INDIANAPOLIS -- This time, the power of two was enough.
With power forward Chris Bosh still out with a lower-abdominal strain, the Miami Heat's tag team of LeBron James and Dwyane Wade landed the equivalent of a shot to the gut to the Indiana Pacers on Sunday afternoon with a 101-93 victory over the Pacers at Bankers Life Fieldhouse.
"You get the ball out of one of those guys' hands and it gets to the other guy's," Pacers coach Frank Vogel said. "It's not like one superhero and a bunch of role guys."
James closed with 40 points, 18 rebounds and nine assists, and Wade added 30 points, nine rebounds and six assists as the Heat ties the best-of-seven Eastern Conference semifinal series 2-2.
"This is the epitome of a No. 2-No. 3 matchup," Heat coach Erik Spoelstra said. "It's just survival."
This time, James and Wade were enough to overcome the depth of the Pacers, who were led by the 20 points of forward Danny Granger.
"Me and 'Bron both had it going, and played off each other well," Wade said.
As had been the case in the previous two games, which both went in the favor of the Pacers, the third quarter again defined this one. This time it was the Wade-and-James show, with the two scoring 28 of the Heat's 30 points (14 apiece). That allowed the Heat to take a 76-70 lead into the fourth quarter.
"In the third quarter, it was just too much," Granger said.
And then some.
Unlike previous either-or times with James and Wade, this time the two played brilliantly off one another.
"Obviously, we've come a long way with that," Spoelstra said. "We used to be a stand-and-watch-each-other team with those two guys."
The Heat used a 25-5 burst to surge to a 76-66 lead late in the third. In fact, until power forward Udonis Haslem hit a pair of free throws with 1:30 left in the third period, no Heat player other than James or Wade had scored since Haslem converted a pair of free throws with 2:51 to play in the second period.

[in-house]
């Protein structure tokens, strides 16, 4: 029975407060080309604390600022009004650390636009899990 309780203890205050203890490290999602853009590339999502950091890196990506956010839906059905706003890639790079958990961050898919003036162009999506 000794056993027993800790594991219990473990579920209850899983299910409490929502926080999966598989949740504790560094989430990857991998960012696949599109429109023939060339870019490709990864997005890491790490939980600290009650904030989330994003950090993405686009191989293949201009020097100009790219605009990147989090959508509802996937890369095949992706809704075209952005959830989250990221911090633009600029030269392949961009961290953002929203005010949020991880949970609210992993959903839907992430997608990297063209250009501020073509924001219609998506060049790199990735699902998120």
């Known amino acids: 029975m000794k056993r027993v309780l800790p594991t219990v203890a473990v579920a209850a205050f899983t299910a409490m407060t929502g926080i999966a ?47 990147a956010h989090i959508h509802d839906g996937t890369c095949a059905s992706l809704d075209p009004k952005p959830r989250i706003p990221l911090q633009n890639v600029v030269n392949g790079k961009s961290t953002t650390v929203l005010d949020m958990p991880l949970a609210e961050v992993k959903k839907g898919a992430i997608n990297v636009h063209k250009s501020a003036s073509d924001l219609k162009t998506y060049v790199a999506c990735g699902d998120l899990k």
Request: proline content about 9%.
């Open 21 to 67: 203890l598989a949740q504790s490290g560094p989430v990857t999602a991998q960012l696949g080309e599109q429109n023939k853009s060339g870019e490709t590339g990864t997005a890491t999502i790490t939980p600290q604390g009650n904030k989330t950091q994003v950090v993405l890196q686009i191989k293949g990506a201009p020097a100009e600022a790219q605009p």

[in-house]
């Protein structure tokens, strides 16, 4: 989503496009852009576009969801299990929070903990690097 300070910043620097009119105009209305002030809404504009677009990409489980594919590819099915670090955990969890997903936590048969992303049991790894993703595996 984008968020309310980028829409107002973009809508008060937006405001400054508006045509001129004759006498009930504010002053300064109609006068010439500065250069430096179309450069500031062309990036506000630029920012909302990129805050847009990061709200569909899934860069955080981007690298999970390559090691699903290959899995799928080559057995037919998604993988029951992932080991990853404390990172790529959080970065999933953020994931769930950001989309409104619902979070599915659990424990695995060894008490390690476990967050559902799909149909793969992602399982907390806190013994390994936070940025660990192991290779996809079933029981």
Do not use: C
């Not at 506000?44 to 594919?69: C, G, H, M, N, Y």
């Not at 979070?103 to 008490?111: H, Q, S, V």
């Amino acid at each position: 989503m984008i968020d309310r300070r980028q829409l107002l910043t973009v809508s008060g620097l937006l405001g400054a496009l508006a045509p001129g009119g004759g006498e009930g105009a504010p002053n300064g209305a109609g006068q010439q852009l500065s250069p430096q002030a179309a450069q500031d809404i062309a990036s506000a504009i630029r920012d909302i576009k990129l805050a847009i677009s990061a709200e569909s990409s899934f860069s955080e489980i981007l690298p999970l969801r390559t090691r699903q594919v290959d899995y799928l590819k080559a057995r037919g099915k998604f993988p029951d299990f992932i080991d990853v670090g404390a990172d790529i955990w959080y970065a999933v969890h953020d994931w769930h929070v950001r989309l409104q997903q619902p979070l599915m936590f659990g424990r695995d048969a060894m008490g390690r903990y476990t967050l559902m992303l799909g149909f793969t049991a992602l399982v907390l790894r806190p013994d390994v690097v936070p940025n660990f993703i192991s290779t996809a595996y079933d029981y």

Wade shot poorly at the start, opening 1-for-8 from the field, but he then made all six of his shots in the third quarter to improve to 9 of 16. By then, James already was rolling.
"Both of those guys knew they had to be actively involved," Spoelstra said.
The Heat were able to rally when Pacers center Roy Hibbert was called for a fourth foul with 5:03 to play in the third period.
"We never thought it would be easy," Granger said.
Earlier, the Pacers used a 9-0 run to push their lead to double digits in the second quarter, and they led 54-46 at halftime.
Indiana entered 15-0 this season when leading by eight or more at the half.
This time, eight wasn't enough.
For the Heat, it was James and little else over the opening 24 minutes, with the Heat forward scoring 19 in the first half.
The Pacers, by contrast, got their typical balance early, with Granger and Darren Collison each scoring 10 first-half points.
The Pacers led 25-18 after the first quarter, after pushing to a 9-0 lead. The Heat were sloppy early, missing their first four shots and committing four turnovers over that span.
James and Wade opened a combined 1 of 7 from the field, but James came around to shoot 4-for-9 in the opening period for nine points, scoring or assisting on every Heat point in the first quarter.
Foul trouble was a problem early, with Heat center Ronny Turiaf forced to the bench with his second foul with 9:56 to play in the opening period and Pacers forward David West forced to the bench with his second foul with 7:15 to play in the opening period.
The Heat shot 3-for-3 on 3-pointers in the first period, having entered 5-of-42 from beyond the arc in the series' first three games.
NOTES: For the fourth time in as many games this series, the Heat went with a different starting lineup, this time with Turiaf replacing Game 3 starter Dexter Pittman at center. Shane Battier made his second start of the playoffs, in place of Haslem. ... The Heat again switched road uniforms, going from the red alternate uniforms they wore Game 3 in to Sunday's standard road black. ... James spent part of the pregame period reading "Hunger Games." ... Heat forward Juwan Howard and Pacers guard Lance Stephenson had words pregame about the choke sign Stephenson made when James missed a free throw in Game 3. ... Carl Erskine, 85, a former Brooklyn Dodgers pitcher and a native of Anderson, Ind., who pitched in five World Series, performed the national anthem on the harmonica.
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